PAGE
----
Photocall: 11am, Friday 29 September, public foyer of Scottish Parliament, Edinburgh

Robin Harper MSP, co-leader of the Green Party, will today (Friday 29th September) present an Awards for All grant for £5,000 to a group of junior chess players in the Scottish Parliament. The youngsters will receive the money on behalf of Chess Scotland who will use it to appoint conduct a root and branch review of schools and junior chess development in Scotland.

Mr Harper, who acted as referee for Chess Scotland’s Awards for All grant application, warmly supports Chess Scotland’s bid to raise its game in junior chess. Robin will exchange a few moves with the juniors drawn from chess clubs from Lothians schools, Stewarts Melville College and Dunbar and South Morningside Primary Schools.

Andrew Green (aged 16), Stewarts Melville College, who captained Scotland’s Youth Team this summer, will lead the juniors, supported by some very keen 10 year-olds: Clara Pickering, South Morningside Primary 2006 under-10 champion; and Joseph Cameron, Craig Thorburn, Freya Willens and Katie Pritchett, from the Dunbar Primary School team.

Mr Harper said, “Chess is the king and queen of all board games. It develops patience, planning, strategy, spatial awareness and concentration. It promotes quick thinking, the ability to formulate strategies and think ahead, and is arguably just as exciting and far more challenging than any computer game yet invented. It is also a game in which girls are excelling in Scotland. I am very happy to have been asked to this award which will hopefully help promote chess to more and more children.”

An Awards for All spokesperson said: “We are delighted to have awarded a grant of £5,000 to Chess Scotland, the organisation which widely promotes chess and its benefits to juniors nationwide. It is one of the many local community projects who will receive a slice of the winnings in the latest round of announcements made through the small grants scheme. The money will be used to carry out a fundamental review of the organisation in order to encourage more young people to get involved.”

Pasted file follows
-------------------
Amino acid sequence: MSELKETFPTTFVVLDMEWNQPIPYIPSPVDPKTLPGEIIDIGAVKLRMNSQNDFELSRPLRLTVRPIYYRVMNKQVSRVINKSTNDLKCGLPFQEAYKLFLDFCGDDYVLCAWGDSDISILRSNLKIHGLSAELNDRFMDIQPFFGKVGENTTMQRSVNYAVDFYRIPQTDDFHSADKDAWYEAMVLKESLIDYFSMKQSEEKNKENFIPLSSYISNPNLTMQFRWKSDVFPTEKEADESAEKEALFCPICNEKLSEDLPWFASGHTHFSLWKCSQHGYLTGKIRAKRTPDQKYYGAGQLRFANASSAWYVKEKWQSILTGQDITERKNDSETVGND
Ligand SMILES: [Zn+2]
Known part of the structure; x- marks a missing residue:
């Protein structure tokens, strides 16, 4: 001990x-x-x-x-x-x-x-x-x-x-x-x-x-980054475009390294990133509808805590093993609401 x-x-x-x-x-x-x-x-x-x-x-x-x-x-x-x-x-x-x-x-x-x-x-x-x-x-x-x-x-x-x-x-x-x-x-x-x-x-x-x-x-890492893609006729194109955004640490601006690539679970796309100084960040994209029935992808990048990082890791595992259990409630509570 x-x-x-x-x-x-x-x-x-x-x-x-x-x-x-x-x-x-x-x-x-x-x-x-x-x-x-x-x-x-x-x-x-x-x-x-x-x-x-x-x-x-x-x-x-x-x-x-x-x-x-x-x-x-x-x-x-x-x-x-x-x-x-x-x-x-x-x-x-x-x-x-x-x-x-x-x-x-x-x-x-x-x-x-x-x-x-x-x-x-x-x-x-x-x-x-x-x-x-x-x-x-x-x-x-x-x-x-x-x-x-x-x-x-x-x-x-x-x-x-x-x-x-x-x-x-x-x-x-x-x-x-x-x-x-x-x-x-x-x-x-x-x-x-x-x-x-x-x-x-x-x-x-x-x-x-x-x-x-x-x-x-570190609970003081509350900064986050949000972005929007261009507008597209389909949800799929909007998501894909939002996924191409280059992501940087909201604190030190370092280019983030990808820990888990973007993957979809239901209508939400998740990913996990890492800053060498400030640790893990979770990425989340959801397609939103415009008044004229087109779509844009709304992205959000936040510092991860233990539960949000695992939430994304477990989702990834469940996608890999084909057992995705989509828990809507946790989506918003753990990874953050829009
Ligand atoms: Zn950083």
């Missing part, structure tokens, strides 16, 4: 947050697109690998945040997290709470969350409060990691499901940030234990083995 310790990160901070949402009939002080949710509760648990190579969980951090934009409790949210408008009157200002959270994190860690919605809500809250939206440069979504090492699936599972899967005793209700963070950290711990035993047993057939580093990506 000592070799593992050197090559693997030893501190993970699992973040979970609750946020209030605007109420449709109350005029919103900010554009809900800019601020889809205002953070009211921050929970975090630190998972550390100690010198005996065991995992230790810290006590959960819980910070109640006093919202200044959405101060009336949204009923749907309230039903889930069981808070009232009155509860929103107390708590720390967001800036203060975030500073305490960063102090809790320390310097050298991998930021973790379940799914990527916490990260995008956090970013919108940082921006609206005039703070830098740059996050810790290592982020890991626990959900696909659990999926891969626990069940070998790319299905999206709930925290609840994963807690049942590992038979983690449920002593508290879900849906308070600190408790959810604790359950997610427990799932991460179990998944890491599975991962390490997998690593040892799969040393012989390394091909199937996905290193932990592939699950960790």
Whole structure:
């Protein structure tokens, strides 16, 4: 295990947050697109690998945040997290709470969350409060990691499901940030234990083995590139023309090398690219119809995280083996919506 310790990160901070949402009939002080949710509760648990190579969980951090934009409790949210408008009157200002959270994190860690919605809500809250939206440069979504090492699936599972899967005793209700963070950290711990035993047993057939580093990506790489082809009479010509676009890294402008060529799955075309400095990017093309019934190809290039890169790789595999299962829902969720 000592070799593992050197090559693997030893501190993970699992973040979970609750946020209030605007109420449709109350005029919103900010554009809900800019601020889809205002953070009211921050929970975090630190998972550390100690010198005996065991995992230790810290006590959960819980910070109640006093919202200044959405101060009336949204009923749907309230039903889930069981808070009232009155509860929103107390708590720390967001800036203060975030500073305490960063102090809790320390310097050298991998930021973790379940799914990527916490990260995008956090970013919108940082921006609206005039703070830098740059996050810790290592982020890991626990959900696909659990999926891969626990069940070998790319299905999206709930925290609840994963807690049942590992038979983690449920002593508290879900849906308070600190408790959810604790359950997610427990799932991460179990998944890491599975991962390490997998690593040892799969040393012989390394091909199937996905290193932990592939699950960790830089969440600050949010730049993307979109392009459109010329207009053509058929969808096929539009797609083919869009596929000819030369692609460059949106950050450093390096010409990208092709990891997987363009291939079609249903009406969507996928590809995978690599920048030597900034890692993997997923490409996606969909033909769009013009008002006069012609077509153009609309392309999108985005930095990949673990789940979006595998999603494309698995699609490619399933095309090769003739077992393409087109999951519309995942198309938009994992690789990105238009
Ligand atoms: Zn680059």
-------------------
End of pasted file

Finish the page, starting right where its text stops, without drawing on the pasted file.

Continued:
There is now a large body of research, particularly in the US and more recently in Aberdeen (jointly sponsored by the Scottish Executive Education Department) showing that chess can be highly beneficial for young people:

  • Students involved in chess benefit educationally
  • Schools chess clubs prompt improvements in behavioural and social skills
  • Capacity for self-regulated learning improves
  • Chess promotes wider family and community benefits, including inter-generational networks and life-long learning skills

Chess cuts across age, gender, class and many other boundaries. Chess Scotland’s president, Donald Wilson, one of the country’s leading international arbiters, who regularly officiates at many junior (as well as senior) competitions in Scotland, will also attend on Friday and assist in extolling the game’s potential to promote “inclusion”.

Note on Chess Scotland

Chess Scotland is the recognised body for the promotion of chess in Scotland and within the World Chess Federation (FIDE). A mainly voluntary organisation, it organises national junior and senior team and individual championships, promotes participation in international championships and runs the national rating system.

More information about Chess Scotland can be found at, on its comprehensive national, international, schools and education pages. It offers a free advisory service to schools, including a range of chess teaching and organisational freeware, via dedicated schools contacts.


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